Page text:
Fabian Cancellara is testing a disc brake bike in his winter training, but his Trek technical director believes he will use a traditional system in his Classics season

Despite a green light from the UCI, Trek Factory Racing and Classics star Fabian Cancellara will take a cautious approach to disc brakes in the 2016 season.

Trek is one of a handful of teams that tested disc brakes in the two-month period provided this 2015 season when select riders used them in the Vuelta a España.

“We have to be careful about rushing into it,” the team’s technical director, Matt Shriver told Cycling Weekly. “We have to be careful, but this is the future.”

Cancellara and Boy Van Poppel are training on Trek frames with disc brakes as they pass the cold winter months. They and some of the team’s other 23 cyclists will use disc-equipped bikes in select races in 2016 instead of taking an all-in approach.

>>> Everything you need to know about disc brakes

Unless it is a particularly hellish classics season weather-wise, Shriver sees Cancellara using calliper brakes to slow his bike.

“I would not rule it out [for Fabian in the Classics, like Paris-Roubaix], but we’ll see. I can’t divulge too much of our plans. I don’t think it’ll be our team, but I would not rule out a leader using them in other teams.

“The advantage of discs comes when the weather is wet. If Roubaix is wet, it’ll be good to have them. Also, you can use them in normal conditions to brake later ahead of the corners,” Shriver added.

“It’s unlikely, though, for Fabian because there is still a lot of testing and [Roubaix is] such a chaotic race, so you are adding more issues to an already busy race that pushes everyone’s resources. It’d be better if everyone is on them in that race.”

>>> What disc brake bikes will the pros be riding in 2016?

The hurdles to overcome include the unit’s weight, aerodynamics and safety. Sky’s Bernhard Eisel explained that he is concerned about slow wheel changes in the case of a puncture and risks of cuts or burns if there is a crash.

“It’s not going to be an all-in approach. We are still going to be testing in 2016, and that’s how it has to be,” Shriver said.

“In 2016, teams will be trying them out, more teams than this year, and riders will probably be asking to use them. In 2017, I think we’ll see entire teams fully on them. For sure it’s possible. It’ll help if a rider does well on them in a big race next year, that will spur it on.”

  • grizzman

    Ok, I’m not explaining properly..I’m just dispelling the myth that Disc brakes are the be-all and end-all in the wet.. Yes, they may brake better initially , however stopping power will always be limited by the tyre… And I agree – Neutral service will be a total NIGHTMARE!… As if we needed more motorbikes in the peleton!..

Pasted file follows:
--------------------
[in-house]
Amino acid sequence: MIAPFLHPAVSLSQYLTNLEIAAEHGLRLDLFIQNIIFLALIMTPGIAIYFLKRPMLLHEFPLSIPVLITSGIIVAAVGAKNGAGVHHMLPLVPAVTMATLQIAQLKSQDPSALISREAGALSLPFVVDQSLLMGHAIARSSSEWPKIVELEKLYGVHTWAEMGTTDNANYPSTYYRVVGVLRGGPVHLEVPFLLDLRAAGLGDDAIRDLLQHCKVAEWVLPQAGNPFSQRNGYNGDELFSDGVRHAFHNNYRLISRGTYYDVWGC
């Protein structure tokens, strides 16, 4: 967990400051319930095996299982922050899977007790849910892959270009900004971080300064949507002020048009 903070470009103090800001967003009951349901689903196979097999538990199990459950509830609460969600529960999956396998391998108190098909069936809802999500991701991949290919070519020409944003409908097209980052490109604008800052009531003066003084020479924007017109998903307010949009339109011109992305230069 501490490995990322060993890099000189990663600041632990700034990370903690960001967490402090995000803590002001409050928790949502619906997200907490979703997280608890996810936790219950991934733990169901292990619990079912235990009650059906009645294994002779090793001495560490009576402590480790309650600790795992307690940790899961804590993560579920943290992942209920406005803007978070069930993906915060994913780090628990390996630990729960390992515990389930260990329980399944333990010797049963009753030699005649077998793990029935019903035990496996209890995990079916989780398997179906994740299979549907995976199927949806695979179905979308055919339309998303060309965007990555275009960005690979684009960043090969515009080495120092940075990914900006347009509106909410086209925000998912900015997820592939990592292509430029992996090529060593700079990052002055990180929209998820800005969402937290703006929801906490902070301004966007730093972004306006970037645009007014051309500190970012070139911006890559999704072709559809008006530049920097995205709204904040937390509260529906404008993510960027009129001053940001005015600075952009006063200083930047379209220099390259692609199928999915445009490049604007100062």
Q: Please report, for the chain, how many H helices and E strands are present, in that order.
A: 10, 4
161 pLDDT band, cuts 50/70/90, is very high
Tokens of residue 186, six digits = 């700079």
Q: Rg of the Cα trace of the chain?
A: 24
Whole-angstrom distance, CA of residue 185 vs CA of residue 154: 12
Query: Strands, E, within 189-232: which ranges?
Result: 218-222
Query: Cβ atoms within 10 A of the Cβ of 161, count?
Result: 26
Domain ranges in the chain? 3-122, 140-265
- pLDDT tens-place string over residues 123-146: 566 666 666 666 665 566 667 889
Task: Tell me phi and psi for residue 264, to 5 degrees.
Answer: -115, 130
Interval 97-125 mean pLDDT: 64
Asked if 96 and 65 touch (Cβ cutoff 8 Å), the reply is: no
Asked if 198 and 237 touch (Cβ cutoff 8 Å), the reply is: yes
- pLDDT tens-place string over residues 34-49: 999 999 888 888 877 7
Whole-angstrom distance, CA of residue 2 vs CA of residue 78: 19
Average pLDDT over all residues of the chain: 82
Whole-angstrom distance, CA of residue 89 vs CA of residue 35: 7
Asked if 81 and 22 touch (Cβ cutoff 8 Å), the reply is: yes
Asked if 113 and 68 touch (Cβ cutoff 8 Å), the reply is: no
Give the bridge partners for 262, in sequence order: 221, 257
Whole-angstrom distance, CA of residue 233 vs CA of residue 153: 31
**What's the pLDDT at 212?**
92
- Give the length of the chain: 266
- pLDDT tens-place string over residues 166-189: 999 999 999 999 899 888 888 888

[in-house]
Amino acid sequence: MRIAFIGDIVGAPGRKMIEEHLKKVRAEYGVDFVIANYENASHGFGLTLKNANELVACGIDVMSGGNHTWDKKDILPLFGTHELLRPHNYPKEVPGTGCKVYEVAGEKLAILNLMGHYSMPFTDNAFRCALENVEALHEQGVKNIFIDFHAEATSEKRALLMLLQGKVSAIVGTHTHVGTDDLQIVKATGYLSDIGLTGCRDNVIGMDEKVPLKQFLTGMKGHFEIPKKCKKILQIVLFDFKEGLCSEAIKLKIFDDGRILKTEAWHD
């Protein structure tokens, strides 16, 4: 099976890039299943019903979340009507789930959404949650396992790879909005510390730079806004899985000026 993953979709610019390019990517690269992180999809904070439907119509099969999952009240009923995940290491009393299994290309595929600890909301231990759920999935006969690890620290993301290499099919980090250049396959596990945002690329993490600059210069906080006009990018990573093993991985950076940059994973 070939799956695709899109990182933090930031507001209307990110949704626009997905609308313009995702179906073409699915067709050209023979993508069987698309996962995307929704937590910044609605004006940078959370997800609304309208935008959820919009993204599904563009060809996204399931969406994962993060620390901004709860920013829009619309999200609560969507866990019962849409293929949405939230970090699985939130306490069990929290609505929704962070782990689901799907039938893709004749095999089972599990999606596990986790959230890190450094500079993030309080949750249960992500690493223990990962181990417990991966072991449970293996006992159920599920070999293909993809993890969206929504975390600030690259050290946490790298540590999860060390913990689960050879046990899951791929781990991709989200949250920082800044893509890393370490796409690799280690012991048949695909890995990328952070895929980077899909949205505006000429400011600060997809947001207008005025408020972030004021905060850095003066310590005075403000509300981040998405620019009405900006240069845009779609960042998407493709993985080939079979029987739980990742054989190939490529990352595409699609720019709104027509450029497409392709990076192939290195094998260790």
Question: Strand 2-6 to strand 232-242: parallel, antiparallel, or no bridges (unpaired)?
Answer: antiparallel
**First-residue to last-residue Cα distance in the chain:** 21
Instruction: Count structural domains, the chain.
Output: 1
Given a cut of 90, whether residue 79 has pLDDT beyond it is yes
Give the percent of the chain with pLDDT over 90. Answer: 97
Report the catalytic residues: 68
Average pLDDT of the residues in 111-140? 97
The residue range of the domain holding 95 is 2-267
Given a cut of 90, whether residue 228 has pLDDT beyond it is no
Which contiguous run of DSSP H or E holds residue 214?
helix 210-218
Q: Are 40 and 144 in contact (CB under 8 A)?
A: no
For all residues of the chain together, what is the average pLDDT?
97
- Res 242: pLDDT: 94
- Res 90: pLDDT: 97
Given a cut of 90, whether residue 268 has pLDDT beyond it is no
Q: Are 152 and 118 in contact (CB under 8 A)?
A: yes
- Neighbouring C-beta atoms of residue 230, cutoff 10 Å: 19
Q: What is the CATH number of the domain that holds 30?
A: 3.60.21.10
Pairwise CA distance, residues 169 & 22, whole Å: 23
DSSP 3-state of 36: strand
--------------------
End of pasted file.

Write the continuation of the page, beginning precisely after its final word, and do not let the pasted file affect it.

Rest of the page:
• Nigel Rue

    Braking differences? Didn’t you say the limiting factor is tyre grip, which is the same for both setups. The difference between disc and rim brakes is modulation, the same as we currently get between different caliper types. Professional riders will have no problems, the same probably can’t be said for neutral service however.

  • grizzman

    Yes I understand that, but my point is that the limiting factor in braking on any vehicle is the tyre/road, not the rims/discs.. If you pull a disc brake on hard in the wet, the wheel will lock and the tyre will slip. I agree that discs will get to this point quicker but I think the benefits of disc are negligible from a safety point of view… Time will tell but I’m not sure having a peleton with mixed machinery is a good idea due to the braking differences.

  • Mondo

    Never felt the need for anything other than a rim brake with Swiss stop pads disc brakes are just ugly looking and not needed on a road bike I have seen 65mph on descents no problem slowing down for the corners so a good set of wheels with a good set of tyres and brake pads is all that’s needed

  • Nigel Rue

    I don’t think you are quite correct in your comment on wet weather braking. The problem with rim brakes in the wet is water getting on the rims from the road. The pads then have to clear this before normal braking is restored. This is less of a problem with discs.

  • grizzman

    What people don’t realize is that the limiting factor in braking isn’t the pad against the rim/disc, it’s the tyre against the road.. Discs may be better in the wet at braking the wheel but the tyre will always lock up against a wet road at the same point as a rim brake.. So, not actually safer in the wet and more likely to overheat on long high speed descents… Road cycling is a totally different discipline to mountain biking or cyclocross, so it’s not just a case of ‘it works for that so it’ll be fine for this’…

  • J1

    Is there an issue with brake fade/overheating with discs on long descents? This is an issue with calipers too obviously but I hear it from the riders that have adopted discs early more. Would be good to hear from people who’ve actually done some long descents on them.

  • ummm…

    I need to replace all my bikes…..

  • andrew1953

    Much safer in the wet and long, high speed decents on mountain stages. Also don’t lose braking with bent rims.